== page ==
*When you use ES2/GL3 as GLBase these attributes should be named "position" and "texCoord" ( you can find these names in the Help ).

K

User avatar
Ats
Posts: 233
Joined: Fri Sep 28, 2012 10:05 am
Contact:

Re: Playing with threejs.org examples

Post by Ats » Thu Mar 21, 2019 1:13 pm

And it's working ! Thanks Kjell, that opens a whole new world of perspectives for me :)

User avatar
Ats
Posts: 233
Joined: Fri Sep 28, 2012 10:05 am
Contact:

Re: Playing with threejs.org examples

Post by Ats » Fri Mar 22, 2019 9:21 am

So I was porting shaders from threejs.org one after another and everything was fine when I switched computer (linux+Wine) and started getting weird error messages regarding glsl. So I thought that was coming from Wine...

And now everything is broken. I tried to switch computer, reinstall ZGE from scracth, and tried several zgeprojects that were working perfectly before, such as FBO.zgproj or Convolution.zgeproj...

For exemple, FBO.zgerpoj gives this error message:
Error in Vertex shader compilation (CanvasShader)
WARNING: 0:4: '' : #version directive missing
ERROR: 0:10: 'assign' : cannot convert from 'attribute 4-component vector of highp float' to 'varying 2-component vector of highp float'
I tried setting #version 120
changing varying vec2 vUv; to vec4

This is (almost) working:

Code: Select all

void main()
{
  uv = gl_Vertex.xy;
  gl_Position = gl_Vertex;
/*
  gl_Position = gl_Vertex;
  uv = gl_MultiTexCoord0;
*/
}
I really don't understand what's going on as it was working perfectly yersteday, and I didn't change a thing since then...

Edit:
OK, got it to work again using:

Code: Select all

void main()
{
  uv = gl_MultiTexCoord0 * gl_Vertex.xy;
  gl_Position = gl_Vertex;
}
:wink:

User avatar
Ats
Posts: 233
Joined: Fri Sep 28, 2012 10:05 am
Contact:

Re: Playing with threejs.org examples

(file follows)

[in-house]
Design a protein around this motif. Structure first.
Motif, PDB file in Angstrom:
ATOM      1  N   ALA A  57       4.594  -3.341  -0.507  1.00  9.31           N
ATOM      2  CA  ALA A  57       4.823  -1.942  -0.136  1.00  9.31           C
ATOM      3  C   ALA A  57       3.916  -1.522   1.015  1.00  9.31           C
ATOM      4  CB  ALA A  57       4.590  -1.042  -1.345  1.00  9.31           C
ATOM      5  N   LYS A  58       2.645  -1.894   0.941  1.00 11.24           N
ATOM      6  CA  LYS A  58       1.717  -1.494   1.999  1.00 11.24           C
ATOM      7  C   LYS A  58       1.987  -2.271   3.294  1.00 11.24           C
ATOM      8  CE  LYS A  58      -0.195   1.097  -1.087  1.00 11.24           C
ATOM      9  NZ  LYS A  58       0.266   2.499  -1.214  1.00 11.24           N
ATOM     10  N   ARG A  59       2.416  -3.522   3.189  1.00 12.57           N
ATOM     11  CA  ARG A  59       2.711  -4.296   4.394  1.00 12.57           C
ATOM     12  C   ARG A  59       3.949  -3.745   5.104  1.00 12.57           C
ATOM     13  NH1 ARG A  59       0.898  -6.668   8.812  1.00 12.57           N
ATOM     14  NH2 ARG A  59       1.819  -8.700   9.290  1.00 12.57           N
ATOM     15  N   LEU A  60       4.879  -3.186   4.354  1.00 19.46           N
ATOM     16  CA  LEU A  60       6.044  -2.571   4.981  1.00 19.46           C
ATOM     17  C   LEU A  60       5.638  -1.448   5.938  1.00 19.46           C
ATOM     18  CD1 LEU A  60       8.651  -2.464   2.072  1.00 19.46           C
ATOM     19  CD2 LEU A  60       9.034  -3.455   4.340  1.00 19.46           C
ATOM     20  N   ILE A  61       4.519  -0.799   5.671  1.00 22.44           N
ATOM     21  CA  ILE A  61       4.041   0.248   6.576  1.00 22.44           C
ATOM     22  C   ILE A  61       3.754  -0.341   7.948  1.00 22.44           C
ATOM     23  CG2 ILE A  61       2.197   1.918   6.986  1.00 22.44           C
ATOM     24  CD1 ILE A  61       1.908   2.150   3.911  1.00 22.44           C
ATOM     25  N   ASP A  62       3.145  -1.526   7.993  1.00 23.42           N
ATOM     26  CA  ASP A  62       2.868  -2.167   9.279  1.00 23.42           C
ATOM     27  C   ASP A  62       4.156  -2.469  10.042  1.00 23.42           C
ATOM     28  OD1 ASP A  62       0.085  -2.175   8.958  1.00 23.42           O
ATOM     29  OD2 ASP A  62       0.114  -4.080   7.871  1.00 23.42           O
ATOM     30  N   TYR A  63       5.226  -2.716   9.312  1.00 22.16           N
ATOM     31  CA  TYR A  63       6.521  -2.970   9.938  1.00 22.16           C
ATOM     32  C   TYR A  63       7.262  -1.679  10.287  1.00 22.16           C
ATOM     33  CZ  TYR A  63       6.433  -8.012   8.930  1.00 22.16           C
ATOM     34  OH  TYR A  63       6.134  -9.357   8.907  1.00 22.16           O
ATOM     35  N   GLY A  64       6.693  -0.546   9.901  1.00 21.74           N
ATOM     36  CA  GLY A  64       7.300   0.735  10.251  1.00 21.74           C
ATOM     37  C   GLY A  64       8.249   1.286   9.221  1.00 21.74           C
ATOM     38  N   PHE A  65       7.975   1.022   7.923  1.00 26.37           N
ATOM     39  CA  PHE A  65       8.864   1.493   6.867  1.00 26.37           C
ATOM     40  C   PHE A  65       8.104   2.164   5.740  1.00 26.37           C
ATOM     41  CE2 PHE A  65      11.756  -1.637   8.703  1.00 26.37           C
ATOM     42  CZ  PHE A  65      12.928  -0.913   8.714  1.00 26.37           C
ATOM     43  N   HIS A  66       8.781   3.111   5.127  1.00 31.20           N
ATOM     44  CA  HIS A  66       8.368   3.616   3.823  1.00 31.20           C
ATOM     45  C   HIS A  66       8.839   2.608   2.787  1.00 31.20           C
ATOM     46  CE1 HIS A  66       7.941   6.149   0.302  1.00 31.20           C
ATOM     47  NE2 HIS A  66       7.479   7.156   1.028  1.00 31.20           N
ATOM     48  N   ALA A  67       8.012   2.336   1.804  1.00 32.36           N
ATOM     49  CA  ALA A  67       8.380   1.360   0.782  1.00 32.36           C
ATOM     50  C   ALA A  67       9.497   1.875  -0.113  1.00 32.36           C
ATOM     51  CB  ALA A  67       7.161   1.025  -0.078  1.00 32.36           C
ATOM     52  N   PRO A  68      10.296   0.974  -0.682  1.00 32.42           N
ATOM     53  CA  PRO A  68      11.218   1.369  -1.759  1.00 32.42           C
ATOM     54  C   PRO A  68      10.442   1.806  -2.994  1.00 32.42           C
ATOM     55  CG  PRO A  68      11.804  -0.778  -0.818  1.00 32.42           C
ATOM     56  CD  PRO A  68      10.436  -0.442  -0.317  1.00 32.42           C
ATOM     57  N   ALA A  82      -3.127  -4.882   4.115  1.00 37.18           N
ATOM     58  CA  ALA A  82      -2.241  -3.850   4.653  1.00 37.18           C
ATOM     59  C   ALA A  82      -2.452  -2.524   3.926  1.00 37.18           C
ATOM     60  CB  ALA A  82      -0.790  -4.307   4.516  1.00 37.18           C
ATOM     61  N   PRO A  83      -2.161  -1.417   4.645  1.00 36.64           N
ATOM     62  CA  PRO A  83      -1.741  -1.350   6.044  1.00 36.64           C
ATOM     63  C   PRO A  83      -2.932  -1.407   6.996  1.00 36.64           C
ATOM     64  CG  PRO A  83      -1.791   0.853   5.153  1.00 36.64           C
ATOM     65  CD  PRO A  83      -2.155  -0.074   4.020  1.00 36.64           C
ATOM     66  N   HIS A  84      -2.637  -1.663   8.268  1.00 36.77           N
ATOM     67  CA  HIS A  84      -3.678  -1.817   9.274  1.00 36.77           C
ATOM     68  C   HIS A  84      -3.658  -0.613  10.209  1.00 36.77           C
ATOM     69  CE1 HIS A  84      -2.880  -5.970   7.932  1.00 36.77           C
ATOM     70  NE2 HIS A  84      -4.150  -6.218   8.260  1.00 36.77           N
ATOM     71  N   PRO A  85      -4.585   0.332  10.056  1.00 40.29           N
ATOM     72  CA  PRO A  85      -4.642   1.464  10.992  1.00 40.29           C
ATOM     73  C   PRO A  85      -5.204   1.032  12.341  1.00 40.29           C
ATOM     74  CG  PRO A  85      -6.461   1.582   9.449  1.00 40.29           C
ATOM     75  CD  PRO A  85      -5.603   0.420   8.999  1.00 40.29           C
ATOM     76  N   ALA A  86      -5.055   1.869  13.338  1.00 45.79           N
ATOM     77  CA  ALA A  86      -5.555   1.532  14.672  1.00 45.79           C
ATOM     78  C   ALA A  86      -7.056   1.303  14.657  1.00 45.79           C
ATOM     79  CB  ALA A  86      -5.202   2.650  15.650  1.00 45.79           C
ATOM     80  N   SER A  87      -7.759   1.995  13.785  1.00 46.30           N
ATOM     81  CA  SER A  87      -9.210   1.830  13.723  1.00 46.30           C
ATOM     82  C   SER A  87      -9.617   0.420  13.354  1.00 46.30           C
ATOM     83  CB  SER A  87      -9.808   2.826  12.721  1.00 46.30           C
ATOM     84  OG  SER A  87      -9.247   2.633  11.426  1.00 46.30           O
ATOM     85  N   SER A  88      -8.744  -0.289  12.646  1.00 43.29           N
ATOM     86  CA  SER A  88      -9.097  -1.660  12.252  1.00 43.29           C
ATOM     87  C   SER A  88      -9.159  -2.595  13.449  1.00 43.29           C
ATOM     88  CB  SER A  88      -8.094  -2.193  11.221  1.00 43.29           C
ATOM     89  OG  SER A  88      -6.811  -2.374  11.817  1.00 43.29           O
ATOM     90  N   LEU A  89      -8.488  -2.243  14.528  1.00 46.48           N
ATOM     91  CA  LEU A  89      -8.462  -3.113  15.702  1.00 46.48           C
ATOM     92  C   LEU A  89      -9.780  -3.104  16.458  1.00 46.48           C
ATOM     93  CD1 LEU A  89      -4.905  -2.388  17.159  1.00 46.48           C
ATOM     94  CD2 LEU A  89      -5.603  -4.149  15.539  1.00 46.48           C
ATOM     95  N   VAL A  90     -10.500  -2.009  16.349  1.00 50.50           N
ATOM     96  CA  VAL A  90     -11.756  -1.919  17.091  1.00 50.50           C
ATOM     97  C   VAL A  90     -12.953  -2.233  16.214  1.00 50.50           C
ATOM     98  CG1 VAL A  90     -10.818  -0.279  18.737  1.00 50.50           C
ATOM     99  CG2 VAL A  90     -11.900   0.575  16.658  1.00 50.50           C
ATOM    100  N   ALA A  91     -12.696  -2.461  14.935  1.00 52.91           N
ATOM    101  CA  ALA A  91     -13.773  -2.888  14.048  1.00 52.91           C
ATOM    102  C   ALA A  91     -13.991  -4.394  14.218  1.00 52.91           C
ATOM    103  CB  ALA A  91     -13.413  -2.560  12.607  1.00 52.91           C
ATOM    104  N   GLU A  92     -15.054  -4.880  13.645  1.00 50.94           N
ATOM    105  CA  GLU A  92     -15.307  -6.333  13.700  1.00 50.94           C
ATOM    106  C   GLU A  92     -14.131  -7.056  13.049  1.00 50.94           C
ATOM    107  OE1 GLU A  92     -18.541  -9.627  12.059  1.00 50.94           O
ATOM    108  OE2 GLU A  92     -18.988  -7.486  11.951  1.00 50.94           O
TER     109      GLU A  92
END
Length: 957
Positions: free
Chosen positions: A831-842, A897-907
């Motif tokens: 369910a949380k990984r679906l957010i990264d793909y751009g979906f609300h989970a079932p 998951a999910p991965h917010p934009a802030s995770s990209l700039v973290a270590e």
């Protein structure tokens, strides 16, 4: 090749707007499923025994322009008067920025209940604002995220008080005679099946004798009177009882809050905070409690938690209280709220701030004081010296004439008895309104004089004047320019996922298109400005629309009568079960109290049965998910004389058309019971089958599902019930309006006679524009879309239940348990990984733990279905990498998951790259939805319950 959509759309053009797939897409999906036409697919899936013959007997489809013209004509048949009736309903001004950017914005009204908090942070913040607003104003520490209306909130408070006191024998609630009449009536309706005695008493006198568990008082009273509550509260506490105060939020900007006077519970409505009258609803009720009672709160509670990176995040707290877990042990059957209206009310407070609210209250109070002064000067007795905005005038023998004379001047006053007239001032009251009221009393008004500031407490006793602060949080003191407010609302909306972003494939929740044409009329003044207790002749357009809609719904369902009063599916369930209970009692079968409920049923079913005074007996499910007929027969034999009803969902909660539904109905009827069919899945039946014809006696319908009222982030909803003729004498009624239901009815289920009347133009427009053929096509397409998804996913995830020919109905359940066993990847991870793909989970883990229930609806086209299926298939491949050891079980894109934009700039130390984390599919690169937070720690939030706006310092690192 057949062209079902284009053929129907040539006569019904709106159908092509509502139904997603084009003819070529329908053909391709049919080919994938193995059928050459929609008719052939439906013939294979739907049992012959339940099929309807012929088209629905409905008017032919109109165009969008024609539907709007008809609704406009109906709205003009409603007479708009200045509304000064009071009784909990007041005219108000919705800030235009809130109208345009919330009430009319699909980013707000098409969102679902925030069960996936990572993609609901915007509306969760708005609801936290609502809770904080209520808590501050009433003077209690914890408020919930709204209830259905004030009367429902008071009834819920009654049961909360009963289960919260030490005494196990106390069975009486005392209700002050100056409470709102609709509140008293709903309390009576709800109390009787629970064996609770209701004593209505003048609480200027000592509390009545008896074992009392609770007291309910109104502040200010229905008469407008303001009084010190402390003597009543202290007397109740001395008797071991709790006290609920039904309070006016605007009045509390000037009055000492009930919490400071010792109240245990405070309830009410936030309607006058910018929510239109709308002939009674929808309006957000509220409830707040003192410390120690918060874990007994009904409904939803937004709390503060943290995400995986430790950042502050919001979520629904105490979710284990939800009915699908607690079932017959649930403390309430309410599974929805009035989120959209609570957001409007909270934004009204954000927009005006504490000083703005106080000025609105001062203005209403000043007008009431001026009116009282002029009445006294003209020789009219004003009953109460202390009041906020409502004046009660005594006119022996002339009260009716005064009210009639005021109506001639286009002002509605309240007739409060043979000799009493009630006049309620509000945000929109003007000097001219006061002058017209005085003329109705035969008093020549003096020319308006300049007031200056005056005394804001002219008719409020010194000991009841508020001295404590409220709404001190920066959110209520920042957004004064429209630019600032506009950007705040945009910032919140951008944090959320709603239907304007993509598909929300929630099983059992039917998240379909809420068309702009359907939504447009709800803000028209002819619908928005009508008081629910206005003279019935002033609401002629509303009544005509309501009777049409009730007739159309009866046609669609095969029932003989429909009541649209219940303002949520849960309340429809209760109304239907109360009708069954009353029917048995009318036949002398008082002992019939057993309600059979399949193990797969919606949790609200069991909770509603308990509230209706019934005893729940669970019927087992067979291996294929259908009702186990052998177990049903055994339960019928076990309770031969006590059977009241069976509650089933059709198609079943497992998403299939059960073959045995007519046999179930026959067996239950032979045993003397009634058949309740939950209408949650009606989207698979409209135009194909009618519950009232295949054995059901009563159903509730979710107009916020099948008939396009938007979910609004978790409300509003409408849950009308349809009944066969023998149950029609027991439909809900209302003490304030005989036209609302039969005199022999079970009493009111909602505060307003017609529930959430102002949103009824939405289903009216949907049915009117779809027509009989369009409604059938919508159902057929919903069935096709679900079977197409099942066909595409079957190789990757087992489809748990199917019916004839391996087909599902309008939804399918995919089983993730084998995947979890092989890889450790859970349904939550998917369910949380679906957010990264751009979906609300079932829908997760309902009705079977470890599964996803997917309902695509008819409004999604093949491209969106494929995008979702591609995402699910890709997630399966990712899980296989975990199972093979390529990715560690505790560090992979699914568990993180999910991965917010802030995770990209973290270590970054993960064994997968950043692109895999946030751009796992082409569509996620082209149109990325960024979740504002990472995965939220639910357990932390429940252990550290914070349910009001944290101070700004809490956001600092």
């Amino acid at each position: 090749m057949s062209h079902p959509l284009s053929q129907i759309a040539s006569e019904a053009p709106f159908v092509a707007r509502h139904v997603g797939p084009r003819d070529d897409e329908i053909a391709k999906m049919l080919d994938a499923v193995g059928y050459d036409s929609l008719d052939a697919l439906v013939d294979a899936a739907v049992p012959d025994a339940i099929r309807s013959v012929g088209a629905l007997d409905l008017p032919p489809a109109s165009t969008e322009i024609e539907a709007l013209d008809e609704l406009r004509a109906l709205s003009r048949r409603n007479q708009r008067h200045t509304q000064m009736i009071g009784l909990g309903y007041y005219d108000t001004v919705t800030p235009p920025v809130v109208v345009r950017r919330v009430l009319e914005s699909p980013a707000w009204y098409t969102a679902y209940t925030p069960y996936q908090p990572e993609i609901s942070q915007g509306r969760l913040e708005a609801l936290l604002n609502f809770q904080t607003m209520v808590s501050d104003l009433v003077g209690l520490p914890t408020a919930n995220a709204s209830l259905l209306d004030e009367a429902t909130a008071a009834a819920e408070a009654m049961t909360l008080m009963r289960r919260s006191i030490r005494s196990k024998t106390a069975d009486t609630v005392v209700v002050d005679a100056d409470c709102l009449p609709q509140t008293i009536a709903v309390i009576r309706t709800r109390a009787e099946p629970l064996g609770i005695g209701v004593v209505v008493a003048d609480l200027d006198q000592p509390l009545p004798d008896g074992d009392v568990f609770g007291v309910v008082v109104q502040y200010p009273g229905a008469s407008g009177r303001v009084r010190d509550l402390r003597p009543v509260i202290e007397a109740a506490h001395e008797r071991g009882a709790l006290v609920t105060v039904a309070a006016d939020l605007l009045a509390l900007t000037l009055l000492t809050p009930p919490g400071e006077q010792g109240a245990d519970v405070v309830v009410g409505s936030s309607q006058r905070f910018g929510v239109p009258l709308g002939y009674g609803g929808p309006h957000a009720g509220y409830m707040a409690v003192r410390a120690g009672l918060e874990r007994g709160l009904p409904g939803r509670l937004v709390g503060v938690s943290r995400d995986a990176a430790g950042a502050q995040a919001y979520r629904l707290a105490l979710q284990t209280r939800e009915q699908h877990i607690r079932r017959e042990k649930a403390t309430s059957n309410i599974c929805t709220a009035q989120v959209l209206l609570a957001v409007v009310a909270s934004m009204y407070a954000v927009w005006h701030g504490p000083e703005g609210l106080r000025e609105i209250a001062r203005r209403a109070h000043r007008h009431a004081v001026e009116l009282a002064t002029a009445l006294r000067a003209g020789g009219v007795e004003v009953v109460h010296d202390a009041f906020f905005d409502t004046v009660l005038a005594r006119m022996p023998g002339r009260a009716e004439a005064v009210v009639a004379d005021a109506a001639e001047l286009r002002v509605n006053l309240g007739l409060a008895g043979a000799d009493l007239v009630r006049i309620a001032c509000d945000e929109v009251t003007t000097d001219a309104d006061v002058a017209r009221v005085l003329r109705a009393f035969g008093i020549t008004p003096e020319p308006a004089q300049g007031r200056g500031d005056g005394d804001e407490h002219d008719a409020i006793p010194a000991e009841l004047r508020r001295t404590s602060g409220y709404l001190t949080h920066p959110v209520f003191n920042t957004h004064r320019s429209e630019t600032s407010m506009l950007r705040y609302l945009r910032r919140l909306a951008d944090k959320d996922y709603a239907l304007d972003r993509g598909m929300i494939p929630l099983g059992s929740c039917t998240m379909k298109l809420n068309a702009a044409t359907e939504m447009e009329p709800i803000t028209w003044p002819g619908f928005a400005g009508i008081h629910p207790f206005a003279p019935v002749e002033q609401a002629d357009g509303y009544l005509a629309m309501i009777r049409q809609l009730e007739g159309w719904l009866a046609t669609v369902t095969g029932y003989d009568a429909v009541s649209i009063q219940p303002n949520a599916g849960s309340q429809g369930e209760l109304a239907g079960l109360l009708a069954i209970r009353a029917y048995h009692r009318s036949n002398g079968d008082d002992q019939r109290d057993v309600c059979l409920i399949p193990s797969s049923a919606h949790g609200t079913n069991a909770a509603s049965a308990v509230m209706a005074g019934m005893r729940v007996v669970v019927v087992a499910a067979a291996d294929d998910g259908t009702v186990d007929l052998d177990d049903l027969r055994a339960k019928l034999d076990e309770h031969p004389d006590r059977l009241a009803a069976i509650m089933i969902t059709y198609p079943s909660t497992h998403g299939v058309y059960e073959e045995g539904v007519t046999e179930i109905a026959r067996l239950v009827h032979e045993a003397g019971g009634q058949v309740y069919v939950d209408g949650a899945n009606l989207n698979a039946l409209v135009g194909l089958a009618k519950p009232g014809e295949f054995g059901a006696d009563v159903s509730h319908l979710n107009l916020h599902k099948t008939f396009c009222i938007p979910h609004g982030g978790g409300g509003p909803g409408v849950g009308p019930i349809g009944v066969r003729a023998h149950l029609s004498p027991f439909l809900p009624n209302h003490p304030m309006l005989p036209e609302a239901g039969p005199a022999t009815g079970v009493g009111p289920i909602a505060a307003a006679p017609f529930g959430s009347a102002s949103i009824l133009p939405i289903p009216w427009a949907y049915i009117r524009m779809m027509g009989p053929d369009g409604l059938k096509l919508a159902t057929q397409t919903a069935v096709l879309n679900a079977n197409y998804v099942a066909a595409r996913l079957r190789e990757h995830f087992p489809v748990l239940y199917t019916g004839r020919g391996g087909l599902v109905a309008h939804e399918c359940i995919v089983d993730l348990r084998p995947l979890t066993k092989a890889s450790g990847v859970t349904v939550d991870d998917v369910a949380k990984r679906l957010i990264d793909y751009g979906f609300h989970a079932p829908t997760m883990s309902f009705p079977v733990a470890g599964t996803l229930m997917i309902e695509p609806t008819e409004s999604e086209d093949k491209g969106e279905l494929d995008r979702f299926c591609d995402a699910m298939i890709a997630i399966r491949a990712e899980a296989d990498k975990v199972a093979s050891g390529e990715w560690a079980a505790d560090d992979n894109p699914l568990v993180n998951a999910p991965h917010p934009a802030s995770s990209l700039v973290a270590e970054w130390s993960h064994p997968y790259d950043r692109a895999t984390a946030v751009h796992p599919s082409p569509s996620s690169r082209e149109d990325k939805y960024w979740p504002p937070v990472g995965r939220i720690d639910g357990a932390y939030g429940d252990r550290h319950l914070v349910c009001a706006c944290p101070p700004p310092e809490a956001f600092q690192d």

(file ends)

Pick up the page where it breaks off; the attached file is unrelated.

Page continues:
Post by Ats » Fri Mar 22, 2019 10:15 am

So now I'm porting more complicated stuff. And in three.js they use #include <common> in the fragment shader.
I managed to make that work by copy/pasting all the "common" into ZGE fragment shader: https://github.com/mrdoob/three.js/blob ... on.glsl.js
But that's not very efficient if I have to do that for each and every shaders that needs it. So is it possible to make an include in ZGE shader?

User avatar
Kjell
Posts: 1706
Joined: Sat Feb 23, 2008 11:15 pm

Re: Playing with threejs.org examples

Post by Kjell » Fri Mar 22, 2019 12:46 pm

Hi Ats,
Ats wrote:
Fri Mar 22, 2019 9:21 am
I tried to switch computer, reinstall ZGE from scracth, and tried several zgeprojects that were working perfectly before, such as FBO.zgproj or Convolution.zgeproj...
As i mentioned in my recent post in the Blur thread, those examples are outdated. Back in 2009 only GLSL version 110 and 120 existed, and not defining a #version basically meant to ignore the version altogether. This has changed since then ( omitting #version treats your shader as version 110 ) and therefore these old examples will not compile anymore on a lot of systems.
Ats wrote:
Fri Mar 22, 2019 10:15 am
So now I'm porting more complicated stuff. And in three.js they use #include <common> in the fragment shader. But that's not very efficient if I have to do that for each and every shaders that needs it. So is it possible to make an include in ZGE shader?
Anything is possible, but right now ZGE simply passes the shader sources directly to OpenGL without any parsing. And i doubt Ville is willing to add a parser since .zgeproj files are used as-is by the ZGameEditor visualizer which would mean parsing occurs at run-time in that environment ( adding additional processing / load-time ).

You can always add a shader that includes the common.glsl contents to Library.xml .. but i generally recommend against including any definitions / functions in your shaders that don't actually get used ( and i can't imagine you'd be using all of it in every shader ).
Ats wrote:
Fri Mar 22, 2019 9:21 am
OK, got it to work again using:

Code: Select all

void main()
{
  uv = gl_MultiTexCoord0 * gl_Vertex.xy;
  gl_Position = gl_Vertex;
}
Multiplying your texture coordinates with your vertex coordinates doesn't make any sense ...

K

Post Reply